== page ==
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Party over for short-term rentals

The party might soon be over for operators of some short-term rentals in Niagara-on-the-Lake.

After months of complaints from neighbours of Airbnb-style rentals about loud parties, poor behaviour and parking problems, a committee of NOTL council came up with proposals that will mean major revisions to the town’s bylaw governing short-term rentals.

On Monday night Dec. 9, councillors adopted the recommendations produced by the Glendale task force committee, the group given the job of trying to solve the short-term rental problem.

“If we can get proper information out, proper education out to people that are renting, make them understand we’re serious about this kind of bylaw, we’re serious about controlling behaviour, it will resolve itself over time. This bylaw will need to have teeth, for sure,” Coun. Norm Arsenault said at the Glendale task force meeting on Nov. 12.

The proposal would mean a NOTL resident could use their home as a cottage rental if that property is their main residence. Proof of it being the owner’s principal residence would be required before the town would issue a licence.

Homes owned by non-residents would only be allowed to operate as a short-term rental if the property is managed by a rental management company or if the owner lives NOTL and is available 24/7, 365 days a year to address any concerns.

Rental managers and owners will be responsible for addressing any complaints or bylaw infractions.

The committee also recommended restricting cottage rentals to a maximum of three bedrooms, requiring cottages with pools to have a pool inspection, hiking annual fees to cover increased enforcement and requiring cottage rental licences to be renewed yearly.

If owners were to operate without a licence 60 days after the new bylaw comes into effect, they would be charged, see their licence application denied and prohibited from applying for a new short-term rental licence for five years, the task force committee suggested.

There is a long list of issues that prompted the bylaw changes, including noise, overnight street parking, lack of bylaw enforcement on weekdays, evenings and weekends, no limits on the number of guests per unit, an abundance of cottage rentals in residential areas, lack of accountability and good neighbour agreements, and no code of conduct for renters.

The proposed new bylaw includes provisions enacted by two other municipalities that attract a lot of tourists, Kelowna, B.C., and the Town of Georgina, on Lake Simcoe.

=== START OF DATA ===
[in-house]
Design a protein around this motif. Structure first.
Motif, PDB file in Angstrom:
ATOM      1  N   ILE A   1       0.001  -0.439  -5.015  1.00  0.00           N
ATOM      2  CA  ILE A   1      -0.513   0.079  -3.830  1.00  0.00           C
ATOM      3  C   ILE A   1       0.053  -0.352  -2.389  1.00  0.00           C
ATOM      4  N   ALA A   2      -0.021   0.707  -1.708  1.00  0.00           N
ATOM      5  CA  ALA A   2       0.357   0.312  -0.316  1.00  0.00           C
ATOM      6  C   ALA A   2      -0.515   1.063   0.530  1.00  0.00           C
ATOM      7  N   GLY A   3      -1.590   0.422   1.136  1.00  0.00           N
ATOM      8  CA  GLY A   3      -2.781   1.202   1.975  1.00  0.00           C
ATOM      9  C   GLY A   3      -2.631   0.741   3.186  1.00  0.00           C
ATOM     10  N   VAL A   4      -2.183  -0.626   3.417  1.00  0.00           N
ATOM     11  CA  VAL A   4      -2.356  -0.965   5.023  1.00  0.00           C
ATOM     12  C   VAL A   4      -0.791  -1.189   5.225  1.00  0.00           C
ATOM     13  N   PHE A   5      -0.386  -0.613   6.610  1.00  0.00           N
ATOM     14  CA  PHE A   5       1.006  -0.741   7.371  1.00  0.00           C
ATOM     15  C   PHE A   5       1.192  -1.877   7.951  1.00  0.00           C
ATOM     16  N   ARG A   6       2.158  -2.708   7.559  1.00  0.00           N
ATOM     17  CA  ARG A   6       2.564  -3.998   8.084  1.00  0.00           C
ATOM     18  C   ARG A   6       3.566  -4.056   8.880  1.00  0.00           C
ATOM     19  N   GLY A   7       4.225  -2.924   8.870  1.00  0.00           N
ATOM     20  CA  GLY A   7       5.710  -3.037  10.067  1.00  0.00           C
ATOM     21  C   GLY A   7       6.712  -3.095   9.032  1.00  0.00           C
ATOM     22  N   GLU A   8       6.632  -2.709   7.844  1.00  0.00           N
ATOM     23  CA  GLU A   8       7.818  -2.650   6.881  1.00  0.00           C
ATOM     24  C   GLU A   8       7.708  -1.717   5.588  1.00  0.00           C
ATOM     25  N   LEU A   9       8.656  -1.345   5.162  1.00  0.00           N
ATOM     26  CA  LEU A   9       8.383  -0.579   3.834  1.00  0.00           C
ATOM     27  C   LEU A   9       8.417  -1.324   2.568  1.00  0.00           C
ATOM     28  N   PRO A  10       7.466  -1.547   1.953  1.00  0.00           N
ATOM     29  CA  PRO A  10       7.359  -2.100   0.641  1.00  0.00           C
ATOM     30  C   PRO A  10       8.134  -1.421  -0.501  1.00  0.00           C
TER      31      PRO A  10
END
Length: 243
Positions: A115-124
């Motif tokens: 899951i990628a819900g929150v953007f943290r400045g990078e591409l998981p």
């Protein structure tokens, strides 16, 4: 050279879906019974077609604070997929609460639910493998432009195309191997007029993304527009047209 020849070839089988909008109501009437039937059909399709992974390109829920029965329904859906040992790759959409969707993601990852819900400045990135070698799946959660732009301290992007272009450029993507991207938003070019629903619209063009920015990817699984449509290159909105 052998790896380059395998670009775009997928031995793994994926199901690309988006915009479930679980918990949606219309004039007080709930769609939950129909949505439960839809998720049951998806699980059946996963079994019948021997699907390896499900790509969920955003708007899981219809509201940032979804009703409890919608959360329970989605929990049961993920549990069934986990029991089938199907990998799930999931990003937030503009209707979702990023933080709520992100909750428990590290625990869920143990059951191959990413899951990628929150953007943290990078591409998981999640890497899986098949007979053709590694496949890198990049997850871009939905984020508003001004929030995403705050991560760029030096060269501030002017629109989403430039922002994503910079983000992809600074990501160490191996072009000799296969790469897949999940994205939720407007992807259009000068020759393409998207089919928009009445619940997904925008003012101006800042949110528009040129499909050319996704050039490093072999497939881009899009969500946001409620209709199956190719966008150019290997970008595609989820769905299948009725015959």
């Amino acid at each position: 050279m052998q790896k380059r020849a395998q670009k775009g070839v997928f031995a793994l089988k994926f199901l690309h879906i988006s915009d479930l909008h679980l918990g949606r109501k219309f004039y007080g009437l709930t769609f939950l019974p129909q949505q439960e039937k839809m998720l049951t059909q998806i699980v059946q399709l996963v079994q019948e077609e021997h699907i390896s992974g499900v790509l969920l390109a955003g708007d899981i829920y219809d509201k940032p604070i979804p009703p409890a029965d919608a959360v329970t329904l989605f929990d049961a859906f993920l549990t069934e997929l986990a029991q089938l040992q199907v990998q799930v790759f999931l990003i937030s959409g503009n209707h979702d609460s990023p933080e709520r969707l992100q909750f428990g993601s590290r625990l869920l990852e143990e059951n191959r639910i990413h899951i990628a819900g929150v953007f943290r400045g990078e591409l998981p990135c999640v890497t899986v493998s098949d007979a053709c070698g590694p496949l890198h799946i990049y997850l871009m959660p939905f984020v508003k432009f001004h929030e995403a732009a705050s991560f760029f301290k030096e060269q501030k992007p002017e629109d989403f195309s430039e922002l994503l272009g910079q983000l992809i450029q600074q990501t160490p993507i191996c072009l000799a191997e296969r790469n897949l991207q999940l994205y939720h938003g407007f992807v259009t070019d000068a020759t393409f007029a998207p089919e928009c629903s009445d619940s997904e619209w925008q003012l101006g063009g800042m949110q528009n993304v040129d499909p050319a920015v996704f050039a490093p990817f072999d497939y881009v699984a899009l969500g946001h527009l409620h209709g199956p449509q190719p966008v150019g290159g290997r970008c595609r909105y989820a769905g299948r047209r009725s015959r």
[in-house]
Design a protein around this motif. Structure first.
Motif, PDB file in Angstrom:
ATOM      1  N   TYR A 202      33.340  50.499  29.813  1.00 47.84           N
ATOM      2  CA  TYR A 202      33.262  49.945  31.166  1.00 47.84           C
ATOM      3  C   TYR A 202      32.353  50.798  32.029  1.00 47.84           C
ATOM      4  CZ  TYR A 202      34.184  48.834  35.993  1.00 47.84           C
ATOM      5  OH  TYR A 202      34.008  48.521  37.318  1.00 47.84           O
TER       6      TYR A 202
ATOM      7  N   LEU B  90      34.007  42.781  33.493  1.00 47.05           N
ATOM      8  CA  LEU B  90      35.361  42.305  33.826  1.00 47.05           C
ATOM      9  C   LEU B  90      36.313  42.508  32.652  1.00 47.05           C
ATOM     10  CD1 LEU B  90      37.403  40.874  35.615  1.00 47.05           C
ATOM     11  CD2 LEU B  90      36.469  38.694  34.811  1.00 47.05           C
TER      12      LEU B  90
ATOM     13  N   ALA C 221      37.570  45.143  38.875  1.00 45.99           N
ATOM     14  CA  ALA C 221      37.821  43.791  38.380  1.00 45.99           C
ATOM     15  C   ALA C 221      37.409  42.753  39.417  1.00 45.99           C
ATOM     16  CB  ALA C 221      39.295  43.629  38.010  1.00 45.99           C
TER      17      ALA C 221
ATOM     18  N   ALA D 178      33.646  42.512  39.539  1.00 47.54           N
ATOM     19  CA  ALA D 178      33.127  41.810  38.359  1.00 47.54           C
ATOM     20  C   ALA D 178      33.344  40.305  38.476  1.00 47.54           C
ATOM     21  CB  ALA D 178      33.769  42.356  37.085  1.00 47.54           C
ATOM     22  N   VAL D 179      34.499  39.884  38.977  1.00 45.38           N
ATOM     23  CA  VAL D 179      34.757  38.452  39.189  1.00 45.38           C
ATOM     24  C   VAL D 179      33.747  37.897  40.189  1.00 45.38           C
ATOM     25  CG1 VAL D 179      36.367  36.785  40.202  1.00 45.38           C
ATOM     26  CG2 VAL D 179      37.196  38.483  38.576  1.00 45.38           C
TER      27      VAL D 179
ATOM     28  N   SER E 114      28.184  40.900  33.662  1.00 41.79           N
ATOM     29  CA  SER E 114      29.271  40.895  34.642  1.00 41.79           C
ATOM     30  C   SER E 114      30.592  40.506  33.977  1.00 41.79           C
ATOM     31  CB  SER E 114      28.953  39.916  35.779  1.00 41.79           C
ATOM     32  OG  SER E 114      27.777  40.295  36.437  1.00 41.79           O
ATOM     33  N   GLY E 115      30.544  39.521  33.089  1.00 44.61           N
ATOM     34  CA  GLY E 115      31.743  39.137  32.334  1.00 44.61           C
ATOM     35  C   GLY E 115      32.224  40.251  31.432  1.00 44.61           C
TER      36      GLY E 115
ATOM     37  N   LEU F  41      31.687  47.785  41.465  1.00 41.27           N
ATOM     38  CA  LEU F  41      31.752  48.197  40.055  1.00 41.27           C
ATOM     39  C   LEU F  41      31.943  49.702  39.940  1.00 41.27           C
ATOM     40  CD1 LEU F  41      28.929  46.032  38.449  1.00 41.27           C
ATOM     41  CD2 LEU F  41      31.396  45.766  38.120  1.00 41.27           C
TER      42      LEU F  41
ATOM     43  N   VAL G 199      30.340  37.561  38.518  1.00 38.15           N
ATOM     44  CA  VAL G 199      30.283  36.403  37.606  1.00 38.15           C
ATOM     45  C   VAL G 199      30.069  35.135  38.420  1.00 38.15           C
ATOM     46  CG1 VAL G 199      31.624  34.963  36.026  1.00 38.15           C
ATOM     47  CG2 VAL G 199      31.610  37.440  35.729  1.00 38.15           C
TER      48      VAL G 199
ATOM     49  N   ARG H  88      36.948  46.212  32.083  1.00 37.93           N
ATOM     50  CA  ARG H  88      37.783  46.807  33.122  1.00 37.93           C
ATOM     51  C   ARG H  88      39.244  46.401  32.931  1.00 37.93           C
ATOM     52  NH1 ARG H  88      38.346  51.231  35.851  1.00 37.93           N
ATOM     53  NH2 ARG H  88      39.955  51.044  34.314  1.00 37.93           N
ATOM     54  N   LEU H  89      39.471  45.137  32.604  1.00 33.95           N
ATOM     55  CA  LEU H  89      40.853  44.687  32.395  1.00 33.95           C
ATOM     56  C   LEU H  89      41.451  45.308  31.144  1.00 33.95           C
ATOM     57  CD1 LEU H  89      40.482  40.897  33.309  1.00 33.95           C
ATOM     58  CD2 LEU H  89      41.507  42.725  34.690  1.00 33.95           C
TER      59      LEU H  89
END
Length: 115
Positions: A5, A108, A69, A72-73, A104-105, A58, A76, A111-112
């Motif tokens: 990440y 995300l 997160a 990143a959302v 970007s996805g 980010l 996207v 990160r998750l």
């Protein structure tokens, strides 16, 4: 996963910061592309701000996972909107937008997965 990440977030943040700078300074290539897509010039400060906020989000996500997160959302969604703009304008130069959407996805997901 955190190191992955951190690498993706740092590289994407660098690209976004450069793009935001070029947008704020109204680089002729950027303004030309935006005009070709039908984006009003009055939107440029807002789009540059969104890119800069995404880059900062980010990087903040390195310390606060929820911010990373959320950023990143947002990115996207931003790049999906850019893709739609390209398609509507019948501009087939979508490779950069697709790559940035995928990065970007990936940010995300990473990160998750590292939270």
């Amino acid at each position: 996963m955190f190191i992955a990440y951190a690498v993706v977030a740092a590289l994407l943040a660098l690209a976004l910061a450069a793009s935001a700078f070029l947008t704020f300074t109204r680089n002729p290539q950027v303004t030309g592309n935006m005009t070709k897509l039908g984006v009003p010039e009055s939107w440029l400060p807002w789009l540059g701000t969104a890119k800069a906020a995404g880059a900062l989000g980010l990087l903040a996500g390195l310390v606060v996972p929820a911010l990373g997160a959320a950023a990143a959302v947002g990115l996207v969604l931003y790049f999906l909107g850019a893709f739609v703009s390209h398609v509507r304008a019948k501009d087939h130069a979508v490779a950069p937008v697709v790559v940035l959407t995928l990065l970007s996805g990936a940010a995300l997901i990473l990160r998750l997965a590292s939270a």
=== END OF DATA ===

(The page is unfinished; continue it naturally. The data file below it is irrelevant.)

The committee report suggests the updated bylaw should ensure that homes are not turned into “party houses,” minimize public safety risks and reduce parking, trash and noise issues, ensure residential neighbourhoods don’t become tourist areas and that regulations of short-term rentals don’t affect property values and property tax revenues.

“Not all rentals are like that, just some of them,” Arsenault told The Lake Report. “They are doing a great job but they need a bit of control and that’s what we’re trying to do.”

The proposed changes would not affect any motel, hotel, bed and breakfast establishment, tourist cabin, hospital, commercial resort unit or village commercial resort unit in town, some of which fall under the current bylaw.

Instead, a short-term rental could be a building or any part of a building that rents out space for less than 28 days and is considered commercial or non-residential, the committee said.

Under the existing bylaw, a short-term rental is a building used for “overnight guest lodging” for no more than 28 days and includes bed and breakfast homes, cottage rentals, villas, country inns and vacation apartments.

At the committee of the whole meeting Monday, Dec. 2., Coun. Wendy Cheropita complimented the staff and the committee, saying the document had some “excellent points.”

“I was very impressed with the revisions you were making and the details that you touched on that I think will be very helpful. And I think you’re going to find we’ll have great support from the residents,” she said, also asking to make the language in the document firm and clear.

Town staff is also in the process of reviewing a new long-term rental draft bylaw. The town currently doesn’t have any bylaws related to long-term rentals.

Following council’s approval, the town staff will now circulate the document to all town departments and will bring forward an information report with recommendations on how to move forward.

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